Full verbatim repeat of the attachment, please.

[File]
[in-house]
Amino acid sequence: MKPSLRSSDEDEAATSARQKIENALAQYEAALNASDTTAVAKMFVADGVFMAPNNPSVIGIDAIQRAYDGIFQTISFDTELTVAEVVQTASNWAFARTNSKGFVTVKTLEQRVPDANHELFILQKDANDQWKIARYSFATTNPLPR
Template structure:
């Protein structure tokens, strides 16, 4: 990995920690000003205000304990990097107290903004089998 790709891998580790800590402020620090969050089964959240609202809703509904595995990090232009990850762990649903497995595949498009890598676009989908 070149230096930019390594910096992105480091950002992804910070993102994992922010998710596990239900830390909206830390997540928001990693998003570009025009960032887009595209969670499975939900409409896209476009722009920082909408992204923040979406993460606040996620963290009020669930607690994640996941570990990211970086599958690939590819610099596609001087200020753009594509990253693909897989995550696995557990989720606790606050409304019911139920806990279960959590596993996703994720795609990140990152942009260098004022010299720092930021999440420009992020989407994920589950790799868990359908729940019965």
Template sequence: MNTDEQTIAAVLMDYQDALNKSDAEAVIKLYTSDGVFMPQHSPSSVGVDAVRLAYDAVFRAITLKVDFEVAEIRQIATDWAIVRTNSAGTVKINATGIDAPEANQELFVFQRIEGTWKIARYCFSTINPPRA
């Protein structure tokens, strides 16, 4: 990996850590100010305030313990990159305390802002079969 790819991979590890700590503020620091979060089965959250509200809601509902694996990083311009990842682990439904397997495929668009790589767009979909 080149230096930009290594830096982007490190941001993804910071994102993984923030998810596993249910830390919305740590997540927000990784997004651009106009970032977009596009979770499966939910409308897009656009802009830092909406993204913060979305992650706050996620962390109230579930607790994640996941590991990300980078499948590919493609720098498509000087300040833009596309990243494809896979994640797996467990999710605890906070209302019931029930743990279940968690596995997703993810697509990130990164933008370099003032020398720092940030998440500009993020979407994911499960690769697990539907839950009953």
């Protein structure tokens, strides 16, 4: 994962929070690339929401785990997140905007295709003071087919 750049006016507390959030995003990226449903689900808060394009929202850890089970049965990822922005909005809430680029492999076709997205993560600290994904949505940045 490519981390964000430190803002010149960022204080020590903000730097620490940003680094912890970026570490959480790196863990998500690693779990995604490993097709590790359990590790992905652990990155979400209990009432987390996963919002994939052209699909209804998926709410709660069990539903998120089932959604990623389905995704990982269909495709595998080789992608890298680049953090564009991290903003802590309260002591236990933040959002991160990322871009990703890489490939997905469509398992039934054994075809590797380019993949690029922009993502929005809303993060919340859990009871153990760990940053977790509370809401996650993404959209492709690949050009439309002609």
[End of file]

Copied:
[in-house]
Amino acid sequence: MKPSLRSSDEDEAATSARQKIENALAQYEAALNASDTTAVAKMFVADGVFMAPNNPSVIGIDAIQRAYDGIFQTISFDTELTVAEVVQTASNWAFARTNSKGFVTVKTLEQRVPDANHELFILQKDANDQWKIARYSFATTNPLPR
Template structure:
């Protein structure tokens, strides 16, 4: 990995920690000003205000304990990097107290903004089998 790709891998580790800590402020620090969050089964959240609202809703509904595995990090232009990850762990649903497995595949498009890598676009989908 070149230096930019390594910096992105480091950002992804910070993102994992922010998710596990239900830390909206830390997540928001990693998003570009025009960032887009595209969670499975939900409409896209476009722009920082909408992204923040979406993460606040996620963290009020669930607690994640996941570990990211970086599958690939590819610099596609001087200020753009594509990253693909897989995550696995557990989720606790606050409304019911139920806990279960959590596993996703994720795609990140990152942009260098004022010299720092930021999440420009992020989407994920589950790799868990359908729940019965």
Template sequence: MNTDEQTIAAVLMDYQDALNKSDAEAVIKLYTSDGVFMPQHSPSSVGVDAVRLAYDAVFRAITLKVDFEVAEIRQIATDWAIVRTNSAGTVKINATGIDAPEANQELFVFQRIEGTWKIARYCFSTINPPRA
């Protein structure tokens, strides 16, 4: 990996850590100010305030313990990159305390802002079969 790819991979590890700590503020620091979060089965959250509200809601509902694996990083311009990842682990439904397997495929668009790589767009979909 080149230096930009290594830096982007490190941001993804910071994102993984923030998810596993249910830390919305740590997540927000990784997004651009106009970032977009596009979770499966939910409308897009656009802009830092909406993204913060979305992650706050996620962390109230579930607790994640996941590991990300980078499948590919493609720098498509000087300040833009596309990243494809896979994640797996467990999710605890906070209302019931029930743990279940968690596995997703993810697509990130990164933008370099003032020398720092940030998440500009993020979407994911499960690769697990539907839950009953």
């Protein structure tokens, strides 16, 4: 994962929070690339929401785990997140905007295709003071087919 750049006016507390959030995003990226449903689900808060394009929202850890089970049965990822922005909005809430680029492999076709997205993560600290994904949505940045 490519981390964000430190803002010149960022204080020590903000730097620490940003680094912890970026570490959480790196863990998500690693779990995604490993097709590790359990590790992905652990990155979400209990009432987390996963919002994939052209699909209804998926709410709660069990539903998120089932959604990623389905995704990982269909495709595998080789992608890298680049953090564009991290903003802590309260002591236990933040959002991160990322871009990703890489490939997905469509398992039934054994075809590797380019993949690029922009993502929005809303993060919340859990009871153990760990940053977790509370809401996650993404959209492709690949050009439309002609």